Mechanismus of the formation of 1Py*, 3Py and 1O2 after absorption of a photon in organic solvents is extensively described in literature [8,9] (Eq. 1-3).

              Py 1Py* 3Py         (1)

               1Py*  O2 (1Dg)                       (2)

                3Py  O2 (1Dg)                        (3)

The quantum yield of 1O2 ( FD) for Py in methanol is greater than 0.6 [9]. Thus, if O2  is formed only by energy transfer from 1Py* and 3Py(FD< 1), the increase of kpyr in presence of AA and H2Oby two orders of magnitude (Tab. 1) cannot be explained. For this reason, Py in the ground state, 1Py* and 3Py do not significantly react with O2 in either the ground state or in the excited 1Dg state.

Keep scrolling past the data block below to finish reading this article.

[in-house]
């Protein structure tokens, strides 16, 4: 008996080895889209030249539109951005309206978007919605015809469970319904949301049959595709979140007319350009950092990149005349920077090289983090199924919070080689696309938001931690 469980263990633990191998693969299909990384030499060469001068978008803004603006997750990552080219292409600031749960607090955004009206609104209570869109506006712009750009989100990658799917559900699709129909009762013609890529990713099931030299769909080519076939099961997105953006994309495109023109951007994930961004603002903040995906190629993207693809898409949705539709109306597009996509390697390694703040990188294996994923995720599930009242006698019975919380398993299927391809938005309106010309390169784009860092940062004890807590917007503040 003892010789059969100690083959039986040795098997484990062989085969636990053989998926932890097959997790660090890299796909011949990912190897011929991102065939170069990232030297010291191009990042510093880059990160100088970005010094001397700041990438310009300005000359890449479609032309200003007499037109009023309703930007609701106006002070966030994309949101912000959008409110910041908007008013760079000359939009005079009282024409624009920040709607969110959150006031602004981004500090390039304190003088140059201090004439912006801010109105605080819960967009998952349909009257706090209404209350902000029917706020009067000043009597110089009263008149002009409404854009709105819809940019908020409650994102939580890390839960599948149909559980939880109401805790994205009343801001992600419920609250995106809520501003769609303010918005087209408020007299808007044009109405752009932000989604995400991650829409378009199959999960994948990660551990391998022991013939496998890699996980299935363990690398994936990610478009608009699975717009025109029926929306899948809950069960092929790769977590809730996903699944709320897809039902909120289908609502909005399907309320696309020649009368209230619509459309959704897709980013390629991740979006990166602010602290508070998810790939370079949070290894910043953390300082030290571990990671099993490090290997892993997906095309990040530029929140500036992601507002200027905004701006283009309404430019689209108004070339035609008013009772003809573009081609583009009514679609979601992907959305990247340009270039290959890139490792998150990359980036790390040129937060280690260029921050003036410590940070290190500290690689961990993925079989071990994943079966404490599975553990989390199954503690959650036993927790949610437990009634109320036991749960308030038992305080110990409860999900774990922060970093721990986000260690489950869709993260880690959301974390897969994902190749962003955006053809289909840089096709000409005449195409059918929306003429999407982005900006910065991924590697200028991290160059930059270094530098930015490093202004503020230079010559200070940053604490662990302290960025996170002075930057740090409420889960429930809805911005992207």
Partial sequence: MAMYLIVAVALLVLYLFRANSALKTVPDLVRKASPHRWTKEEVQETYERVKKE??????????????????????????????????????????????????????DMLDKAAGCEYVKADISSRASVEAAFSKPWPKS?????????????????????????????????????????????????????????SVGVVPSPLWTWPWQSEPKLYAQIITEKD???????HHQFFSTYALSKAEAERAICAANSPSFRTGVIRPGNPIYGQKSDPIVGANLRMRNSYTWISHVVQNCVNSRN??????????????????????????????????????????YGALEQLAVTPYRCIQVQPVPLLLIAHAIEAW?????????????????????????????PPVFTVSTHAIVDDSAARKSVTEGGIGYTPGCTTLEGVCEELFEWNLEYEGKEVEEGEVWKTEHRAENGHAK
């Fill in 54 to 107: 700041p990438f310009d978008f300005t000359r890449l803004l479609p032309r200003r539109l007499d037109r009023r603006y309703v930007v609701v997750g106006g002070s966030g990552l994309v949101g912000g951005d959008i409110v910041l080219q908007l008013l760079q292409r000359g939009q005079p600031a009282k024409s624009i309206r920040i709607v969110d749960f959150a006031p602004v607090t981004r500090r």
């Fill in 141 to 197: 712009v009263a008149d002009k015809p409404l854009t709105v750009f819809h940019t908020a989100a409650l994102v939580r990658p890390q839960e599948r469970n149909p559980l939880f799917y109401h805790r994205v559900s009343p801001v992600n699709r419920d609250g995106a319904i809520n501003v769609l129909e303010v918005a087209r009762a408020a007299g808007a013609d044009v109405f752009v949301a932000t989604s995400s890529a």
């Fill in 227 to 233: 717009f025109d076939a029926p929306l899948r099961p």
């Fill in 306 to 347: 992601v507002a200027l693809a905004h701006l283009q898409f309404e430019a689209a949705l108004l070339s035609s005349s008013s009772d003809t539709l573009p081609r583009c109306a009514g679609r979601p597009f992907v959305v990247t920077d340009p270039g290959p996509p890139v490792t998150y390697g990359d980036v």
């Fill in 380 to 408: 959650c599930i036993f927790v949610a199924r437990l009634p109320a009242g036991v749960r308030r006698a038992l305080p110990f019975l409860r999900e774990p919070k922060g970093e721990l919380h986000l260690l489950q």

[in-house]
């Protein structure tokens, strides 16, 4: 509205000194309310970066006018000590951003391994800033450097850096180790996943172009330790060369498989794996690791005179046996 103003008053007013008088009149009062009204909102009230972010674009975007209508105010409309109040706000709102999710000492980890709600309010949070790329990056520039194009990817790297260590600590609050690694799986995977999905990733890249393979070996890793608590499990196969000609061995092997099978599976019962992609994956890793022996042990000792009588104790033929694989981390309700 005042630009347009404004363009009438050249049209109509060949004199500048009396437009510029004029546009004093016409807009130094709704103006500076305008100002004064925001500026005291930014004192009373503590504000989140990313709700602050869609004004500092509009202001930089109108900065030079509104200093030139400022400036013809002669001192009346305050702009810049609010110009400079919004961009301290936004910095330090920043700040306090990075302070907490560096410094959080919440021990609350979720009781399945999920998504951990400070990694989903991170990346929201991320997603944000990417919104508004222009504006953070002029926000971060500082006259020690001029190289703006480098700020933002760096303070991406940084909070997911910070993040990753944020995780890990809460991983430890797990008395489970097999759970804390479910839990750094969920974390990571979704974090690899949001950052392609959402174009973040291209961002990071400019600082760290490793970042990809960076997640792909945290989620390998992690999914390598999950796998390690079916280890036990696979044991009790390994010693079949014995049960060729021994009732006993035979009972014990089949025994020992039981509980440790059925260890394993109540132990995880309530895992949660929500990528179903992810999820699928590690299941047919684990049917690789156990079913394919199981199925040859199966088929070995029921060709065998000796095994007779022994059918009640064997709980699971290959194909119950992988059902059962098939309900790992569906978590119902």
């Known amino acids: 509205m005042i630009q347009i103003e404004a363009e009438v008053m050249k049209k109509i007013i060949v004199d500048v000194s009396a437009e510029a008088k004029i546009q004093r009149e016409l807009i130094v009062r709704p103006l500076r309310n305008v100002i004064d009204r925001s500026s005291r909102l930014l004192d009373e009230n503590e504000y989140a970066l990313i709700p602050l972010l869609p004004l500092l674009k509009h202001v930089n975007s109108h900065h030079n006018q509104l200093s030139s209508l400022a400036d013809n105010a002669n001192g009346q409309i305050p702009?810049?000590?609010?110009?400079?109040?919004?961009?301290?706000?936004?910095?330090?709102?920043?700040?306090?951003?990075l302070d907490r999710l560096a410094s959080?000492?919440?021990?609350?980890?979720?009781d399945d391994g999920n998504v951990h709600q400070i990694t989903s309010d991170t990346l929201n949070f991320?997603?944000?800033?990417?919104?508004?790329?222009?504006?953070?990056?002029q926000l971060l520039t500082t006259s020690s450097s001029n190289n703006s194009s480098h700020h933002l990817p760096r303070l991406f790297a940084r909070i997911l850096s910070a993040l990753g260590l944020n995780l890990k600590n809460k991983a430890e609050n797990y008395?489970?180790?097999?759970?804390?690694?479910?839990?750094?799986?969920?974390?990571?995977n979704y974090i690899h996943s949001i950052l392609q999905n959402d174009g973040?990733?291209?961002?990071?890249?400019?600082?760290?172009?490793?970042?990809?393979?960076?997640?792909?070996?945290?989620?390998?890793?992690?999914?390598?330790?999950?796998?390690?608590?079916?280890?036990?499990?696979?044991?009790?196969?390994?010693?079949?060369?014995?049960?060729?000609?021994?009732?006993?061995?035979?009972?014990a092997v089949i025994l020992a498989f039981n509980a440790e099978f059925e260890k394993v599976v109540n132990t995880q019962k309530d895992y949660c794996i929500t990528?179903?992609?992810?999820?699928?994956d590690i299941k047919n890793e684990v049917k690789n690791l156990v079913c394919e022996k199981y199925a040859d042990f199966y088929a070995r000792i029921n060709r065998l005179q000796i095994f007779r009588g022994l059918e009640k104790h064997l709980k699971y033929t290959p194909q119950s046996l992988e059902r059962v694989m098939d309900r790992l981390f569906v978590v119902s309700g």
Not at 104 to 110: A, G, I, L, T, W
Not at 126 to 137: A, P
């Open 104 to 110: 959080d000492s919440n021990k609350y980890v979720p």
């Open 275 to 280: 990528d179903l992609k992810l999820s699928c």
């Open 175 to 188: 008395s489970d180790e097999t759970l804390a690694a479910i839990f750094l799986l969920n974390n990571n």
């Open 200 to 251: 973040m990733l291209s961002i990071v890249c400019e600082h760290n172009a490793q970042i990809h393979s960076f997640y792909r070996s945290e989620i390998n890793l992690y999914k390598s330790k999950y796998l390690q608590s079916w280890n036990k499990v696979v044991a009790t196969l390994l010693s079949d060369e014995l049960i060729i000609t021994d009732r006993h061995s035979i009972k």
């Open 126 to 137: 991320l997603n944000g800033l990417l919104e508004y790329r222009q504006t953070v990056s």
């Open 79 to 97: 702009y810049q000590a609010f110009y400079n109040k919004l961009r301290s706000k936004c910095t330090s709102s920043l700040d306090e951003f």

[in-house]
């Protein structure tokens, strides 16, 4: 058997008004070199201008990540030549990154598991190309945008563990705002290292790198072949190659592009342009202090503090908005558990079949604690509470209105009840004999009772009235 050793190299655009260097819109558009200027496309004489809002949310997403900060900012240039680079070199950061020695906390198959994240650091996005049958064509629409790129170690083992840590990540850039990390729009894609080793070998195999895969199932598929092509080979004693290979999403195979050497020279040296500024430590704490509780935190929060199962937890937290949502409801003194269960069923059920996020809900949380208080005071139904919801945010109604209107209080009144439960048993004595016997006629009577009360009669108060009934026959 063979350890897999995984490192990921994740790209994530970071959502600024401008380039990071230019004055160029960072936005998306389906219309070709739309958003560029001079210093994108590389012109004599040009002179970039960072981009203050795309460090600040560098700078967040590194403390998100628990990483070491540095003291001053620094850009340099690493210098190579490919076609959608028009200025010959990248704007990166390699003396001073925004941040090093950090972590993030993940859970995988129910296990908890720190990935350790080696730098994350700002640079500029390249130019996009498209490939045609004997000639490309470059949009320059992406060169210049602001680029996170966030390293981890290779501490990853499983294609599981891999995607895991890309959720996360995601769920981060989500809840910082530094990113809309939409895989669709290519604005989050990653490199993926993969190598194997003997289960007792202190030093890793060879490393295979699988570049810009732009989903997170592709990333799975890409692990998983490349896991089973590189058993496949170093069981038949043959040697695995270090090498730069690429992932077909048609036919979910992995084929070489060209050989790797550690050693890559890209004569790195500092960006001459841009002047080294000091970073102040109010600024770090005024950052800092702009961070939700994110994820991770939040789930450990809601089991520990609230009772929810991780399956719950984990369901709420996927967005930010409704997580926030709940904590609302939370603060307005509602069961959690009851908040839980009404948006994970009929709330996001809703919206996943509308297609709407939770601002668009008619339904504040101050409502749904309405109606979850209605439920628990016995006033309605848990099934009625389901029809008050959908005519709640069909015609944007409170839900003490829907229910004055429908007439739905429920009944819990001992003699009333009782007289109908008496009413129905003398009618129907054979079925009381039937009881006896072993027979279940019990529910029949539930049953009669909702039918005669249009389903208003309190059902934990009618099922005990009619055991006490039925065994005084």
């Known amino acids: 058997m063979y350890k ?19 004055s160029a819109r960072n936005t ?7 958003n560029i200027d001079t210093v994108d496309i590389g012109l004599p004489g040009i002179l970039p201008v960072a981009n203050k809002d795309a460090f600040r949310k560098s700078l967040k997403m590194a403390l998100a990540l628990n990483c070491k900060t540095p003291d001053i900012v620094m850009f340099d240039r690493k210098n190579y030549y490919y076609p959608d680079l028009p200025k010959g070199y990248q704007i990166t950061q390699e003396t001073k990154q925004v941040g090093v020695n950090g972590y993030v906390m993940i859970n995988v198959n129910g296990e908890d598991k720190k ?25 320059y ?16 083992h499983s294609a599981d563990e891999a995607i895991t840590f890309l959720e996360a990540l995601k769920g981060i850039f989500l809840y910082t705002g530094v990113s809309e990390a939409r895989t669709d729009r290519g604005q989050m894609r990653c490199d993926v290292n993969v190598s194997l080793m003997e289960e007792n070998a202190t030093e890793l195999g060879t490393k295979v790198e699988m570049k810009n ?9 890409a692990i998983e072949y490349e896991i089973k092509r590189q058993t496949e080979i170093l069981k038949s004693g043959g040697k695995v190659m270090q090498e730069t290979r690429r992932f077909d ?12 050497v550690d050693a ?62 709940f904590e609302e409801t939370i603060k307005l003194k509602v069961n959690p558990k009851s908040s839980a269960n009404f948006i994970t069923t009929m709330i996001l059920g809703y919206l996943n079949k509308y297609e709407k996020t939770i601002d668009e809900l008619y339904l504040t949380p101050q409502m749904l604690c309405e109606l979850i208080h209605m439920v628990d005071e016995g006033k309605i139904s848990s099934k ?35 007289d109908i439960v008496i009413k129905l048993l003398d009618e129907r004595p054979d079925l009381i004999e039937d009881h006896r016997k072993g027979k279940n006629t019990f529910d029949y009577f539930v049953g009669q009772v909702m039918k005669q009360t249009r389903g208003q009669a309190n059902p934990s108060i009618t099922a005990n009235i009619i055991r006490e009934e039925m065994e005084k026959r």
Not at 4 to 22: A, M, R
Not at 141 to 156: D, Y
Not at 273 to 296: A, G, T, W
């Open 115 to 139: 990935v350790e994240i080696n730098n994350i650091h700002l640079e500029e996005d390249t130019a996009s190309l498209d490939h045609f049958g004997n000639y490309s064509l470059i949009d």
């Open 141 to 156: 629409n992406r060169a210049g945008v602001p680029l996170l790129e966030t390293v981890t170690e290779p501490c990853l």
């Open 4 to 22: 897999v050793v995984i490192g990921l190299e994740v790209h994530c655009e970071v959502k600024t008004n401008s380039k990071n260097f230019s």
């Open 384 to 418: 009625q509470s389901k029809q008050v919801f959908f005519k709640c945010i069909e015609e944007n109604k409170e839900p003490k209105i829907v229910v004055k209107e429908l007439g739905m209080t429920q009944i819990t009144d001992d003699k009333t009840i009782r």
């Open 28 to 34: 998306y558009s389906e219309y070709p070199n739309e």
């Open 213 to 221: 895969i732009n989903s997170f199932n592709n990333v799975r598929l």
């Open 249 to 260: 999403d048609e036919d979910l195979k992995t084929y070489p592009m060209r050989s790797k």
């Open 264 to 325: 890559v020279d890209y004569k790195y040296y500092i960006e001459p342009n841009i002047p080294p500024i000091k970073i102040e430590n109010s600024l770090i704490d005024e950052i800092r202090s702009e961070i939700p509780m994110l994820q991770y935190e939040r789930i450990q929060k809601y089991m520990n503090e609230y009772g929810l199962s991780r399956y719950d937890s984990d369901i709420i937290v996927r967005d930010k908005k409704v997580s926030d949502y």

The single-exponential decomposition kinetics (Fig. 4b) indicates that PyH· is no longer formed at time intervals longer than 100 ns after the laser pulse. At shorter times, the PyH· band is overlapped by the 3Py band and the intense fluorescence of 1Py*, and thus we can only speculate on the mechanism of the formation of PyH· . Charge-transfer complexes of Py and the anhydride of organic acids, whose excitation and subsequent decomposition lead to the formation of ion pairs Py- and An+, are described in the literature [10]. Similar processes can also be expected in the case of excitation of Py-AA complexes: (a) formation of the excited Franck-Condon state of the charge-transfer complexes, (b) charge redistribution  within the complex  and (c) subsequent dissociation with formation of PyH· (Eq. 4)